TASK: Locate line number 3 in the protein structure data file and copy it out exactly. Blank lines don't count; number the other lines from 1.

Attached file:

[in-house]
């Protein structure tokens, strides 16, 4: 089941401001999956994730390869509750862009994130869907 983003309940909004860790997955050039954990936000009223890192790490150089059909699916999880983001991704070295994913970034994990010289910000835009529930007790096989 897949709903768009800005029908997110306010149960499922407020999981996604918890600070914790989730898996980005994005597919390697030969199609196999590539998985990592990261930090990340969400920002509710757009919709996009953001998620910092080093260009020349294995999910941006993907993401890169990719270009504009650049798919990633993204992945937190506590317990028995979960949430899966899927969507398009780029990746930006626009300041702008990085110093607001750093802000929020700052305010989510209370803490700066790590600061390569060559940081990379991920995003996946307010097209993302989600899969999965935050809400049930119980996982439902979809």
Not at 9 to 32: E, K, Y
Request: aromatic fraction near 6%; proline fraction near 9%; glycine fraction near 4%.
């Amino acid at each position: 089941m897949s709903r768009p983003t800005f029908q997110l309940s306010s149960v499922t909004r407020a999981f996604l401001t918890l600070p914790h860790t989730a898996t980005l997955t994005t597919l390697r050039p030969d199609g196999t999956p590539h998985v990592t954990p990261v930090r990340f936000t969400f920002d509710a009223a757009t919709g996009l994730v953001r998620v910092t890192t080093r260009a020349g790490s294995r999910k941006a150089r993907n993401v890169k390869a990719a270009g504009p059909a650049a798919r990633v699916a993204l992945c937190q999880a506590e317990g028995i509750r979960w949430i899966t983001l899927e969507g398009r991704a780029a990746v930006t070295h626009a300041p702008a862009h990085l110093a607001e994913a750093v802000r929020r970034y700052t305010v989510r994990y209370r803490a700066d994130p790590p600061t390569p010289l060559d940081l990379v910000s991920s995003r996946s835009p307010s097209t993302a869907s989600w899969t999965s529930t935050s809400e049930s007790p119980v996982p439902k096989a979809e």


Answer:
Not at 9 to 32: E, K, Y